This project aims to mitigate the risk that displacement-affected communities in the region of Tahoua in Niger become further displaced. Support will be focused on the development of livelihoods and the management of climate-related shocks.
This project is being implemented through funding provided by the Lives in Dignity (LiD) Grant Facility.
Scope and objectives
Niger has faced a deteriorating security situation in recent years, which has resulted in situations of forced displacement both internally and across borders. UNHCR reported that, as of 30 November 2021, Niger was host to 264,257 internally displaced persons (IDPs) and 249,662 refugees, among a population estimated to be over 25 million people.
This project targets the departments of Tilia, Tchintabaradene and Abalak in the north of the administrative region of Tahoua, Niger. This is primarily a pastoral zone, with a high concentration of animals. These departments, with a total area of 73,000 km², have a total population of 440,000 inhabitants and host 20,631 Malian refugees and nearly 35,000 internally displaced persons and their livestock, placing an increasing strain on the natural resources of the region.
This project will provide pastoral land, food and water for refugees, displaced people and host communities in the region, and their animals. It will also support the access of displaced people to integrated and quality basic services (education, health, water and energy), promote the use of solar energy to reduce deforestation, and strengthen protection through the support of local governance structures. This development-oriented intervention has a strong social cohesion and conflict prevention dimension and promotes the local ownership of results.
Increased income generation and livelihood opportunities for displacement-affected persons
- 500 refugees, internally displaced persons (IDPs) and extremely vulnerable members of host communities (25% of whom are women) will increase their income and strengthen their resilience to crises through cash transfers
- 1,500 hectares of degraded land will be sustainably regenerated and 2,000 refugees, IDPs and host communities (15% of whom are women and 2% are persons with a disability) gain an income, enabling them to access food, healthcare services and livestock thanks to cash for work
- The resilience of 1,600 vulnerable livestock farmers, including refugees, IDPs and host communities (25% of whom are women and 5% are persons with a disability) living in areas with a high forage deficit will be strengthened through the distribution of livestock feed
Increased access for displacement-affected persons to quality and integrated basic services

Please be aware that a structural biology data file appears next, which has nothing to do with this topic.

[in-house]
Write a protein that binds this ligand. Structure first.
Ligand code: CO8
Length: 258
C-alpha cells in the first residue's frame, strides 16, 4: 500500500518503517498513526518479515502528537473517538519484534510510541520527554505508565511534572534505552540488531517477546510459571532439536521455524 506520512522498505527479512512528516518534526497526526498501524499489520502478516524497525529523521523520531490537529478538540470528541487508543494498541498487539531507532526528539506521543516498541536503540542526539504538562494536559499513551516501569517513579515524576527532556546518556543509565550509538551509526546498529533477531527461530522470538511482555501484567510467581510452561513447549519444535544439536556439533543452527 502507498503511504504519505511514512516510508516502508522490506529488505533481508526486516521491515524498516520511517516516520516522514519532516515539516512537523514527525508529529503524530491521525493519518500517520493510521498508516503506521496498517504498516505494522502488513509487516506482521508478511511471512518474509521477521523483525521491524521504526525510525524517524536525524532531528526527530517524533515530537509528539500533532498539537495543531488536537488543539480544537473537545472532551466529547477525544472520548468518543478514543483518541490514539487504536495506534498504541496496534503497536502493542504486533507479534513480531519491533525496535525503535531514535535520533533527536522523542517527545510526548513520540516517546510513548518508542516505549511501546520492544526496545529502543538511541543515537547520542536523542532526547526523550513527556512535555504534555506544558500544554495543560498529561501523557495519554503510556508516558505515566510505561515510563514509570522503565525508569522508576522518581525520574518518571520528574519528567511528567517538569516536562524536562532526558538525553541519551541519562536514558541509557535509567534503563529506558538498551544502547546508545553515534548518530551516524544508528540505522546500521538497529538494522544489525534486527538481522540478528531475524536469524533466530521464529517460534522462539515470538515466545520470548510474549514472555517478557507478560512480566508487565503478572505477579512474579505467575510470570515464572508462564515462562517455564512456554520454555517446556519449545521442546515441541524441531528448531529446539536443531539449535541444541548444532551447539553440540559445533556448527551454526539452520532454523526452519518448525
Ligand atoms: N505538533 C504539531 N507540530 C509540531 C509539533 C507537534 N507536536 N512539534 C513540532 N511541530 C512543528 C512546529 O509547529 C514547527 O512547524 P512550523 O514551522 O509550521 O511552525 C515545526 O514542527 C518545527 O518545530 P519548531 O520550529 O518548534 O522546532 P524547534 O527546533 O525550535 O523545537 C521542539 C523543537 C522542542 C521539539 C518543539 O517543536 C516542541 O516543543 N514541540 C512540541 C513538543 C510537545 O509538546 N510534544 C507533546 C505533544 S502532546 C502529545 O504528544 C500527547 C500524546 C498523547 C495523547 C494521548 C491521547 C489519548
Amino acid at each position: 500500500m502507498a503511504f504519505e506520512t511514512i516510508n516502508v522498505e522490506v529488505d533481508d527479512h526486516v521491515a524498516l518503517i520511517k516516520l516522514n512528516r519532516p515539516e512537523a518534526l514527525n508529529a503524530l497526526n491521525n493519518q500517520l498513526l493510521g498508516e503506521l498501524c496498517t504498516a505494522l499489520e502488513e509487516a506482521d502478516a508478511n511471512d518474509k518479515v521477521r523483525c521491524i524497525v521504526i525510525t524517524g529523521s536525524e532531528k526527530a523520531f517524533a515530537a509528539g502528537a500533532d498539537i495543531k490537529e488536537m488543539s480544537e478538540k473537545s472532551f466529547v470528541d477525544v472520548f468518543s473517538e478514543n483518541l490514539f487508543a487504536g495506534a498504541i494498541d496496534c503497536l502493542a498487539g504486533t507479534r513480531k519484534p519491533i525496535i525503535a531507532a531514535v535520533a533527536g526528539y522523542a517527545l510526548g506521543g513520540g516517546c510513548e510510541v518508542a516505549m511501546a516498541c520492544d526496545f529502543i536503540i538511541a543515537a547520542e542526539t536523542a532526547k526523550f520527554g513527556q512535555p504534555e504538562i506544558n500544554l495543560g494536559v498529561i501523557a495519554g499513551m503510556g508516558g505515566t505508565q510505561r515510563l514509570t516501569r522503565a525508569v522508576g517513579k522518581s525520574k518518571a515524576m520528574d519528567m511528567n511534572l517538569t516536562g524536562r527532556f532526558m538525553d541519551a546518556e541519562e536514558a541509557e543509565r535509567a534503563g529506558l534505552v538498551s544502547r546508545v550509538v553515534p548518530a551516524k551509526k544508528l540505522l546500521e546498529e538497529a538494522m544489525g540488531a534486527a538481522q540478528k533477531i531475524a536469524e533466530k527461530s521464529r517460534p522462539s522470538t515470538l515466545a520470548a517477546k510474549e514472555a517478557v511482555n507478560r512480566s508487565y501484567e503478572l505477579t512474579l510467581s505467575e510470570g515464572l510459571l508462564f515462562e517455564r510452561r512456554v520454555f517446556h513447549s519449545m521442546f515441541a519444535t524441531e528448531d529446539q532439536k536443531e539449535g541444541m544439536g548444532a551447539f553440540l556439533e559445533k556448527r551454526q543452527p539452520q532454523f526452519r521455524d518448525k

- Access will be provided to improved education infrastructure in 10 schools welcoming refugees, IDPs and host communities
- 8,000 refugees, IDPs, host communities (50% of whom are women) and their livestock will have improved access to drinking water through the implementation/rehabilitation of a pastoral pumping station
- Improved access to water and sanitation at 3 schools and 3 health centres will be provided, targeting 2,000 refugees, IDPs and host communities (50% of whom are women)
- More than 10,000 people among the refugee, IDP and host communities (75% of whom are women) will have improved sustainable access to clean and renewable energy
Increased sense of security and enjoyment of human rights for internally displaced persons
- Local capacity to identify and support conflict management in the community will be increased, with an emphasis on vulnerable populations and including mediation, follow-up and referral
The EU-UNOPS Lives in Dignity Grant Facility was founded in 2020.The facility aims to efficiently and effectively channel funding to promote development-oriented approaches to new, recurrent and protracted displacement crises. It supports refugees and other displaced persons to be productive members of their host communities who can participate in furthering their common resilience, socio-economic growth and development.
This project, undertaken by local NGO, ADKOUL, with support from Cologne-based Arbeiter-Samariter-Bund (ASB), demonstrates how international expertise can combine with local knowledge to provide assistance to communities suffering the impacts of forced displacement, climate change, and conflict. The inclusion of host communities and their livestock was seen as critical – competition for scarce resources such as water and pastoral land had in the past led to conflict between host communities and refugees and IDPs. As such, this project sits at the heart of the humanitarian-development-peace nexus.
Arbeiter-Samariter-Bund (ASB) and ADKOUL
- Project duration
- Project locations
- Overall budget
- €2 000 000
- EU contribution
- €2 000 000100% of the overall budget